Mambo. Cha cha. Quickstep. Foxtrot. All ballroom dances involve a “leader,” which is traditionally a man, who directs the “follower,” traditionally a woman. To help others learn to dance — regardless of gender identity — through the ballroom dance club, first-year Brynne Menkhaus and graduate student Josh Schussler are learning to be both leaders and followers.
“It shouldn’t matter who follows or who leads, so we let people choose,” Josh said. “You become a much better dancer when you know how to do both.”
Josh first switched roles while dancing at Rochester Institute of Technology, where he received his bachelor’s degree in physics and a few years of ballroom dance lessons. Brynne’s grandfather once won a dance contest in Jamaica by pairing American dances with reggae music, and years later he taught Brynne her first dance steps in middle school. She began learning to lead in ballroom dances last summer at A-Marika Dance Company.
“I went from the ‘advanced following’ class to the ‘beginner leading’ class,” Brynne said.
Brynne and Josh jumped through the necessary hoops to start the club last fall, but they are still working out some kinks.
“This could easily be an ad for half-priced violins,” Brynne said about the club logo, which she thought still needed work.
Brynne and Josh tucked themselves into the corner of an Armstrong conference room, which was devoid of furniture, to discuss the logo and other plans while waiting for people to trickle into the meeting last Wednesday. One of those people was first-year Brooke Bennington.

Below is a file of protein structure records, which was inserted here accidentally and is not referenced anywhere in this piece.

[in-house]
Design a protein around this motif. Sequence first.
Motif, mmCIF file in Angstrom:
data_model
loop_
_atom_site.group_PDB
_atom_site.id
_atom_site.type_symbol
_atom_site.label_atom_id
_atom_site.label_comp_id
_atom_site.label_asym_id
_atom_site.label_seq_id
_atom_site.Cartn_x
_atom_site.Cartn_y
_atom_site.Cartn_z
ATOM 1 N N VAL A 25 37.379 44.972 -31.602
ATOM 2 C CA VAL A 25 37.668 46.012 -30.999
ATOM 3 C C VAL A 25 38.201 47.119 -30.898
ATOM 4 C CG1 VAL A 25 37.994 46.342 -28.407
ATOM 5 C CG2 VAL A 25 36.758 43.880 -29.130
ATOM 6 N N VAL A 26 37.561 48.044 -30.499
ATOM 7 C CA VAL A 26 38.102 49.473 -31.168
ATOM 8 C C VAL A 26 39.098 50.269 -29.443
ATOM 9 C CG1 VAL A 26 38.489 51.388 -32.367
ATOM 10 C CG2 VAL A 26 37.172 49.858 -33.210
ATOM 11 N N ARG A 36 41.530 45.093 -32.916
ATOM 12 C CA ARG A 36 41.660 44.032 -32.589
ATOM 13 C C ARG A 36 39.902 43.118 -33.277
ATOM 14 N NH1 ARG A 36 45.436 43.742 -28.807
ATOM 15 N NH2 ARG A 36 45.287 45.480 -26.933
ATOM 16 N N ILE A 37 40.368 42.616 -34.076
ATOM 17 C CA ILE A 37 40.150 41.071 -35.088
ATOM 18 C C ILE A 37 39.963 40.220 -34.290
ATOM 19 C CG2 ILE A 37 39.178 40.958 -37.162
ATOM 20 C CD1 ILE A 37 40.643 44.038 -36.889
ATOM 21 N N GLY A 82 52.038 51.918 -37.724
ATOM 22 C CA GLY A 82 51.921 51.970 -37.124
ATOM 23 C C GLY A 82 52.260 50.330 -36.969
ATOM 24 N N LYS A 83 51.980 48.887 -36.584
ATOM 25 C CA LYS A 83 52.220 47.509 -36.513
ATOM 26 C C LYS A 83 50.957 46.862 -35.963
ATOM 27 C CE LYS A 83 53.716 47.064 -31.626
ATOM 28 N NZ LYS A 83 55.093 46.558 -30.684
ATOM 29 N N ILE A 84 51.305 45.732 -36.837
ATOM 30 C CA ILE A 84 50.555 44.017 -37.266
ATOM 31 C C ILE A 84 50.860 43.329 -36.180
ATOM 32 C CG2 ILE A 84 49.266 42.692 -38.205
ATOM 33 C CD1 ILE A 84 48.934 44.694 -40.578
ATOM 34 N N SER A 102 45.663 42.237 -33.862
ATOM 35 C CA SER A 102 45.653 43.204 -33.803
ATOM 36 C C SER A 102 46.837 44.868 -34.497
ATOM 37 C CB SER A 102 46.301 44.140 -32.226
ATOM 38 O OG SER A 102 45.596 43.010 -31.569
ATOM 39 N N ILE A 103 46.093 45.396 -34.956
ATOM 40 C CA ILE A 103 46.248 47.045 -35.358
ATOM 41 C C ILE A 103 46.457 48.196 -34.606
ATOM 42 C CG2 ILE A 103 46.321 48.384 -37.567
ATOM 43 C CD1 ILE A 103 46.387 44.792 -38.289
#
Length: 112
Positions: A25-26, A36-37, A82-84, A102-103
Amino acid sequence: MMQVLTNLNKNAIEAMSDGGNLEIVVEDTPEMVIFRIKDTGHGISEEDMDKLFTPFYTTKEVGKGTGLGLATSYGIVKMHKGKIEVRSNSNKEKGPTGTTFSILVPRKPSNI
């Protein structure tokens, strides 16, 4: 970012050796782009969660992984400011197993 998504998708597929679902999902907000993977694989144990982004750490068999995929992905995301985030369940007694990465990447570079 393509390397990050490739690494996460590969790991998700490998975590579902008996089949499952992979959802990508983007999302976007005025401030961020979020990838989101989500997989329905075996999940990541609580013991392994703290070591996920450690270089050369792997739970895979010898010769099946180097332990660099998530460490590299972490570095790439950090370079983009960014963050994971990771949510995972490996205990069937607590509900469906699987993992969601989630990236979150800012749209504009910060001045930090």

“My mom gave me a list of clubs to join this semester, and this is one I actually chose to go to,” Brooke said.
After learning the basic foxtrot steps, Brooke paired up with sophomore Marcus Meyer. They traveled around the room without music, stepping slow, slow, quick-quick in unison.
The power dynamic in a dance is hard to trace. Marcus, the leader, gave direction to Brooke, the follower, by putting slight pressure on any point where they touched. But the follower can also direct the leader without realizing it. This makes it hard to find out how dancing partners end up making a misstep.
Once, Brynne and Josh stopped Brooke and Marcus mid-quick to figure out how the two made a wrong turn. They could not figure out how it happened, until:
“Oh, I was leading you!” Brooke said through surprised laughter.
To newcomers, it can feel awkward to dance with a stranger. Dance partners hold hands, switch partners every few minutes and are close enough to smell the other person’s deodorant.
But over the course of the night, everyone loosened up. The group danced to unexpected foxtrot tunes that ranged from Michael Bublé to Bruno Mars. Josh flashed funny faces at a partner in the middle of a move. Marcus surprised Brynne by twirling her in the middle of dancing the hustle. Brooke cracked jokes at everyone’s expense, including her own, and Brynne exclaimed in sheer glee while successfully leading her partner.
“Yes! I’ve never been able to lead a quarter-turn before!” Brynne said.
The MU ballroom dance club meets from 7:30 p.m. to 9 p.m. on Mondays and Wednesdays in Armstrong 2084. Josh and Brynne will teach the waltz, hustle, cha cha, tango, merengue, salsa and other ballroom dances to anyone who comes during these times. Dues are $20.